This is for the scores of vehicle owners who are tired of not being able to get their in-car communication systems to work: You are not alone in your frustration.
In fact, a new study found that in-car connectivity and communication systems are twice as likely to break down three years after a driver buys a new car than they are during the first three months they own that vehicle.
“Bluetooth and voice recognition systems not working are the top two problems vehicle owners are reporting after three years of having their cars,” said Renee Stephens, vice president of U.S. Automotive for J.D. Power. “They are tired of this technology not working in their cars.”
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J.D. Power’s annual Vehicle Dependability Study, released Wednesday, found that 55 percent of drivers surveyed about their 3-year-old vehicles said the Bluetooth system does not recognize their phone. Separately, 31 percent said their phone does not automatically connect to their car when they get inside.
“In many cases, these people have never been able to connect their phones and use these tech features,” Stephens said. “It is particularly frustrating since so many states have made it illegal to hold and use a cellphone while driving, but for these owners the hands-free system is not working.”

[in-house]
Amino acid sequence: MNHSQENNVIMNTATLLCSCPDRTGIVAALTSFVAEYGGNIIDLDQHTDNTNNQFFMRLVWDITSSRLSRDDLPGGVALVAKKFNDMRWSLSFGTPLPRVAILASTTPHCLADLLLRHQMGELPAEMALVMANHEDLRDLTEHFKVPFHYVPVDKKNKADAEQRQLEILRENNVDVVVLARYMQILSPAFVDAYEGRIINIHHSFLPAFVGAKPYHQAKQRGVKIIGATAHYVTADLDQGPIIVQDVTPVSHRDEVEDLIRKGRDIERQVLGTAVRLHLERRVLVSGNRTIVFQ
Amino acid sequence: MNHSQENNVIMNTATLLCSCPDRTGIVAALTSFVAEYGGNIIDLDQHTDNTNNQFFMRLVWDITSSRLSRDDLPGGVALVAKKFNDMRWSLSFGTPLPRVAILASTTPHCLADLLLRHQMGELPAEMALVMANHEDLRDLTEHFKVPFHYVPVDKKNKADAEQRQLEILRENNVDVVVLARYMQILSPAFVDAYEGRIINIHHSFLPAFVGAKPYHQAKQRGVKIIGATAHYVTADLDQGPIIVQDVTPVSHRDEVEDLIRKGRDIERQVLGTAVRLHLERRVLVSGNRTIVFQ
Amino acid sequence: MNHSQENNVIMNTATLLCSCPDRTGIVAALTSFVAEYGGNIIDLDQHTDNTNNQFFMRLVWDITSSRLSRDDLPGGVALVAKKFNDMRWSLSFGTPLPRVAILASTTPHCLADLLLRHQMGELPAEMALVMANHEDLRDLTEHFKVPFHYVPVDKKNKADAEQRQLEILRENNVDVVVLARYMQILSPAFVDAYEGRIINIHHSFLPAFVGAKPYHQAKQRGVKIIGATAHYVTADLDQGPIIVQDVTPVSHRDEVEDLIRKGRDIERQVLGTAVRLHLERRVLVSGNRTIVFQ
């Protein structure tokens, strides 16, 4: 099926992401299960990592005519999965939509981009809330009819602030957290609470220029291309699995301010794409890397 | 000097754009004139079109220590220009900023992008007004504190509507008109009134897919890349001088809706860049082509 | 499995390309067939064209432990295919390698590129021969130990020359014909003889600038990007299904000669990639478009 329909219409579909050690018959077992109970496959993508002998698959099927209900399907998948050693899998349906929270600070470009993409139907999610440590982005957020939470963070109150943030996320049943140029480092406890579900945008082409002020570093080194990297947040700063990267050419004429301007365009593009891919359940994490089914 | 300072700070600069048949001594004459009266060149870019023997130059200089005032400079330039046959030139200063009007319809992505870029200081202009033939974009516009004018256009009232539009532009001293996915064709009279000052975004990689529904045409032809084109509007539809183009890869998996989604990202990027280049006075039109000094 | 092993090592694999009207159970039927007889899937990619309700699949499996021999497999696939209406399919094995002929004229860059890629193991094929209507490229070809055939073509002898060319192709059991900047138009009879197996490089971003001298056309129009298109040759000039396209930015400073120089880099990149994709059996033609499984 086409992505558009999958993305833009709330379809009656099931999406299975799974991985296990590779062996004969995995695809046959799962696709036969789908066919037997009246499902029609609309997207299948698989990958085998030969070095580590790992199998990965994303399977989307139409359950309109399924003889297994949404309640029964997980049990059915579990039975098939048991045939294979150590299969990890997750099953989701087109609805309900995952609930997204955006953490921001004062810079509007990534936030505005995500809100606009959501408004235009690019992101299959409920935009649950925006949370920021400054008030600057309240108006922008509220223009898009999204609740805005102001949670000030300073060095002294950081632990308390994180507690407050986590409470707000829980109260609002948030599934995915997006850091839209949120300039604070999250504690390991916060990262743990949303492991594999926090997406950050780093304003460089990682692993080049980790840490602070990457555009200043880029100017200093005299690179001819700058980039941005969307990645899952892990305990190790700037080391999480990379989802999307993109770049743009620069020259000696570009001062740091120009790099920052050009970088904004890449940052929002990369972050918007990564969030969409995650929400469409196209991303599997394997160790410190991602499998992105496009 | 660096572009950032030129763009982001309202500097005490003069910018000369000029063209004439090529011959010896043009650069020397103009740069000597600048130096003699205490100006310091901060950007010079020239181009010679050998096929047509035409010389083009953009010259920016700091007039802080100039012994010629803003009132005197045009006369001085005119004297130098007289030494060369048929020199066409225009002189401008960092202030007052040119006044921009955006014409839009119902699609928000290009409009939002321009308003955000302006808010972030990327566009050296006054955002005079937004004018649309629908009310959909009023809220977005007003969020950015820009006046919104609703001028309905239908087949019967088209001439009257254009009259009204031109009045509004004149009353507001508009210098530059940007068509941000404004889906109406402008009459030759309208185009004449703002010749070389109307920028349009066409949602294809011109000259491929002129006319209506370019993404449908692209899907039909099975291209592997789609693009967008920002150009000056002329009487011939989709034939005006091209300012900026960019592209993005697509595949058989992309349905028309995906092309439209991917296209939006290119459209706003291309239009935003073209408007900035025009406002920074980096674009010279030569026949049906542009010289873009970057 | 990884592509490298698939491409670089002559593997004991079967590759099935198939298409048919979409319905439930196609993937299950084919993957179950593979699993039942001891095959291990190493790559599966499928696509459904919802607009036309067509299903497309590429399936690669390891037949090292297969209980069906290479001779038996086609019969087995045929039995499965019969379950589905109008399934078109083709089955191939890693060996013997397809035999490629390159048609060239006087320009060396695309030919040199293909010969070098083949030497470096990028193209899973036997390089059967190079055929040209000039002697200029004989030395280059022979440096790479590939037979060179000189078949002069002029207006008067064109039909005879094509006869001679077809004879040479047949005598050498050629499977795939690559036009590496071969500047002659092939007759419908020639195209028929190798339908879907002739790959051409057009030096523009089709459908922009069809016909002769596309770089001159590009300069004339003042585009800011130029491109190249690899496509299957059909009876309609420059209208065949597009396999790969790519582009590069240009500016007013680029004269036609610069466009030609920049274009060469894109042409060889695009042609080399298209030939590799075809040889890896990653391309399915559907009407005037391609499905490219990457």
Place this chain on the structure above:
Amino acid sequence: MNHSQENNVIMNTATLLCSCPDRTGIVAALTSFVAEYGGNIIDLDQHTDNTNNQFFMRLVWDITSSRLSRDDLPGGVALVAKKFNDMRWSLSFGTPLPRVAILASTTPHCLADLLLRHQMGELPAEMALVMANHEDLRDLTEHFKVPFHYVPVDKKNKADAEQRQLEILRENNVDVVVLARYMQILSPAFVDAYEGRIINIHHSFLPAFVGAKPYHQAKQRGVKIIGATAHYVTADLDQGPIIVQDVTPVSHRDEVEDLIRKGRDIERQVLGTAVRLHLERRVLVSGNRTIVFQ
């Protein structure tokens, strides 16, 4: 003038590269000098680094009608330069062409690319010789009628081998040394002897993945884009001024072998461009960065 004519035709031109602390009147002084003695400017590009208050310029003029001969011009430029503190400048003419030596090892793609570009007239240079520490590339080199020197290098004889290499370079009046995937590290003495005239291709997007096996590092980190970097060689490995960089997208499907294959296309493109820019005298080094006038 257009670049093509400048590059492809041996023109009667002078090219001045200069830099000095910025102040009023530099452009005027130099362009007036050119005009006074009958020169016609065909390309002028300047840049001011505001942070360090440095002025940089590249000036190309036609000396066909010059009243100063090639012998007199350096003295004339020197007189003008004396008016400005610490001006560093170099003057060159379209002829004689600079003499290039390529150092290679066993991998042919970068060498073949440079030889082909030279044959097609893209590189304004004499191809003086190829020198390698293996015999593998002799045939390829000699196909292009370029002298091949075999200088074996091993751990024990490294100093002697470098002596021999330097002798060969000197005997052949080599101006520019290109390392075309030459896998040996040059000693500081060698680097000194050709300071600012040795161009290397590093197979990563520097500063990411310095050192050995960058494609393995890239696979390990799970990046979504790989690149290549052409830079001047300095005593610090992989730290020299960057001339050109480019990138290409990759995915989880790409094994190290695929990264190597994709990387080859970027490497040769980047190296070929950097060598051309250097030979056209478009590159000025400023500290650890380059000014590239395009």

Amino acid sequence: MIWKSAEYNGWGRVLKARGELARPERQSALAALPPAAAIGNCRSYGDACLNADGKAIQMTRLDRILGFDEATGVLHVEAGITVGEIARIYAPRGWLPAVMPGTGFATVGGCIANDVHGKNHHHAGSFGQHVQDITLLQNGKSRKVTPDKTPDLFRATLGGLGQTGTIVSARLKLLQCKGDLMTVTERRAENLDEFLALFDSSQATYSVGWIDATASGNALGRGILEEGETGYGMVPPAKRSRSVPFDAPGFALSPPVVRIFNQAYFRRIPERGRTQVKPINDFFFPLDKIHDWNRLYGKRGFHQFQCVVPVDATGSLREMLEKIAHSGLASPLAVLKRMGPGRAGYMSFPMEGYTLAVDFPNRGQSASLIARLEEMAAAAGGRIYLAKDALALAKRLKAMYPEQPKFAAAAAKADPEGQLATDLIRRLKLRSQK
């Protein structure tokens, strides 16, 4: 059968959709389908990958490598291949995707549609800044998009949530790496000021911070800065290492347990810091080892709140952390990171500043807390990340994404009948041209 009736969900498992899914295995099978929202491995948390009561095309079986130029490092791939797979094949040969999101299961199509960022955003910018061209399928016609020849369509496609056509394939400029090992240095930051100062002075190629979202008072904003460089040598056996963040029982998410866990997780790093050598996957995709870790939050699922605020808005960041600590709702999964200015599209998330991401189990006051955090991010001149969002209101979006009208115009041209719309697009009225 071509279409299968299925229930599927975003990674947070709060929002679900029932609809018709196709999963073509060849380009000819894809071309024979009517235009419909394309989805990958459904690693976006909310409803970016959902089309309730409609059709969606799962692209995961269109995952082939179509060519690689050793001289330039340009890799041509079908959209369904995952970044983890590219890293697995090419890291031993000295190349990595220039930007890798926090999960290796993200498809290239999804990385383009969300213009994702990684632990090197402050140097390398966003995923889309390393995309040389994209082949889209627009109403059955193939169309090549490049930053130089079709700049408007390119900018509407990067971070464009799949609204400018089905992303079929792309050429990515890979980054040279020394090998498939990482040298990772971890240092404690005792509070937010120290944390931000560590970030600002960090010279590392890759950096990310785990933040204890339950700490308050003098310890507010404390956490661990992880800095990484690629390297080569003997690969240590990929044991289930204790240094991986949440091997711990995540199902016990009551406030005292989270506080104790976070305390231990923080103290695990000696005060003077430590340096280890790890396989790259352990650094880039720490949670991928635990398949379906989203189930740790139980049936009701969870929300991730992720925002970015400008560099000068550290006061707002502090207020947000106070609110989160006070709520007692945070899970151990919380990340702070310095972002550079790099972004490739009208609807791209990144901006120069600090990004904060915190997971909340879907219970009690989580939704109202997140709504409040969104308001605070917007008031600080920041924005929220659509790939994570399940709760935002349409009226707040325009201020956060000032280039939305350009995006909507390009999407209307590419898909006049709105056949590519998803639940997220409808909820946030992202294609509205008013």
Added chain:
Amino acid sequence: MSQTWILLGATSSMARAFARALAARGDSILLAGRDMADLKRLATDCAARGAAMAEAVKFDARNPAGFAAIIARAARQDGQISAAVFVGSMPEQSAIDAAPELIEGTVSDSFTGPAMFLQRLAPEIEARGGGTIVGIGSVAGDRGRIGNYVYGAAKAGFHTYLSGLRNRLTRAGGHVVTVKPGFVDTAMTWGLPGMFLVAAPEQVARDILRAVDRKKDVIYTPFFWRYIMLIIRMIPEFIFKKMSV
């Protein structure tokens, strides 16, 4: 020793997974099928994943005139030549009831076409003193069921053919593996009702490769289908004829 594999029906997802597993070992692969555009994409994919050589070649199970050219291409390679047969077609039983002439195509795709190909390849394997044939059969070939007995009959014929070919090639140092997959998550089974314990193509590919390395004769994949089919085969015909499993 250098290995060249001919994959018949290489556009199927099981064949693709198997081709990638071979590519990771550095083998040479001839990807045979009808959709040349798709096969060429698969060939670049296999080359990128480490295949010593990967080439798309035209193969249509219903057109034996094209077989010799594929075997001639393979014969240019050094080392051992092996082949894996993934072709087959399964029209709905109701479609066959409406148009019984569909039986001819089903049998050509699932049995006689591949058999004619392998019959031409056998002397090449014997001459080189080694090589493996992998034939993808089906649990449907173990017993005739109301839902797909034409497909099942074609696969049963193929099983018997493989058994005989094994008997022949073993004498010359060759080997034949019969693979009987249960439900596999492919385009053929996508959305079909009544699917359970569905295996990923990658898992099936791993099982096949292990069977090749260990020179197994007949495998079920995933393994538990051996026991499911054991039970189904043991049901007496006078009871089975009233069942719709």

The study is based on the responses of more than 34,000 people surveyed about their 2012 model year vehicles, after three years of ownership. In 2012, roughly one-third of vehicles sold were equipped with Bluetooth or voice recognition systems.
Opportunity for the tech industry
The lack of reliable technology features in vehicles highlights an opportunity for that industry, which is increasingly focused on in-car connectivity and infotainment systems.
Google‘s Android Auto and Apple‘s CarPlay are two systems designed to allow vehicle owners to seamlessly integrate their smartphones into their vehicles. An estimated 650,000 vehicles will incorporate those systems this year, but IHS Automotive forecasts the market for them explode in popularity over the next decade.
Stephens added that more auto dealers should start focusing on helping customers with their Bluetooth and in-car connectivity systems. Some are already setting up special classes or sessions where car buyers can better understand how to use the technology, and help them troubleshoot when the systems break down.
This will build good will between dealers and car owners, and encourage them to come back the next time they need to purchase a vehicle.
“This is a real opportunity for dealers,” she said.
Questions? Comments? BehindTheWheel@cnbc.com.